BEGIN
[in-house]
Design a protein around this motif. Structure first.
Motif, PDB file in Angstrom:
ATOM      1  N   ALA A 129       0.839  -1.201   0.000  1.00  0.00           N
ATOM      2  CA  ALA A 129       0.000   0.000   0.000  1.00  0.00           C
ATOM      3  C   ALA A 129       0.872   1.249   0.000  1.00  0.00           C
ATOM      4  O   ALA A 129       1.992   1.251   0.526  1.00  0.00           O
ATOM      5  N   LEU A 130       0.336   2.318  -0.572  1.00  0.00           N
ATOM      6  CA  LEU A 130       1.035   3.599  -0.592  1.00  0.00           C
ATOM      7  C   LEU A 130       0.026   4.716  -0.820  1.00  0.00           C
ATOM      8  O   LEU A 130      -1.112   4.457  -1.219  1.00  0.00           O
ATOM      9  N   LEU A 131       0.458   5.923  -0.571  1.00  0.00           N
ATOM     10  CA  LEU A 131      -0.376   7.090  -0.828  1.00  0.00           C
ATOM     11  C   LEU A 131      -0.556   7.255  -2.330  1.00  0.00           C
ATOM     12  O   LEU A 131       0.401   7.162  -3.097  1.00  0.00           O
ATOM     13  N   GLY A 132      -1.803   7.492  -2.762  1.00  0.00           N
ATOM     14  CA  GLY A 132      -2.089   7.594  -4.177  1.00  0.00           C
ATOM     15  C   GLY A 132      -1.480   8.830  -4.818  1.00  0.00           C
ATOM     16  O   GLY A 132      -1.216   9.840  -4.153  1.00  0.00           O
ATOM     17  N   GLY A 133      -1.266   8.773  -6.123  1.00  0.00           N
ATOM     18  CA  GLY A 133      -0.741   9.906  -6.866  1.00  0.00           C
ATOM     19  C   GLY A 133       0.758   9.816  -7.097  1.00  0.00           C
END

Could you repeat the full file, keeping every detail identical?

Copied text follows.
[in-house]
Design a protein around this motif. Structure first.
Motif, PDB file in Angstrom:
ATOM      1  N   ALA A 129       0.839  -1.201   0.000  1.00  0.00           N
ATOM      2  CA  ALA A 129       0.000   0.000   0.000  1.00  0.00           C
ATOM      3  C   ALA A 129       0.872   1.249   0.000  1.00  0.00           C
ATOM      4  O   ALA A 129       1.992   1.251   0.526  1.00  0.00           O
ATOM      5  N   LEU A 130       0.336   2.318  -0.572  1.00  0.00           N
ATOM      6  CA  LEU A 130       1.035   3.599  -0.592  1.00  0.00           C
ATOM      7  C   LEU A 130       0.026   4.716  -0.820  1.00  0.00           C
ATOM      8  O   LEU A 130      -1.112   4.457  -1.219  1.00  0.00           O
ATOM      9  N   LEU A 131       0.458   5.923  -0.571  1.00  0.00           N
ATOM     10  CA  LEU A 131      -0.376   7.090  -0.828  1.00  0.00           C
ATOM     11  C   LEU A 131      -0.556   7.255  -2.330  1.00  0.00           C
ATOM     12  O   LEU A 131       0.401   7.162  -3.097  1.00  0.00           O
ATOM     13  N   GLY A 132      -1.803   7.492  -2.762  1.00  0.00           N
ATOM     14  CA  GLY A 132      -2.089   7.594  -4.177  1.00  0.00           C
ATOM     15  C   GLY A 132      -1.480   8.830  -4.818  1.00  0.00           C
ATOM     16  O   GLY A 132      -1.216   9.840  -4.153  1.00  0.00           O
ATOM     17  N   GLY A 133      -1.266   8.773  -6.123  1.00  0.00           N
ATOM     18  CA  GLY A 133      -0.741   9.906  -6.866  1.00  0.00           C
ATOM     19  C   GLY A 133       0.758   9.816  -7.097  1.00  0.00           C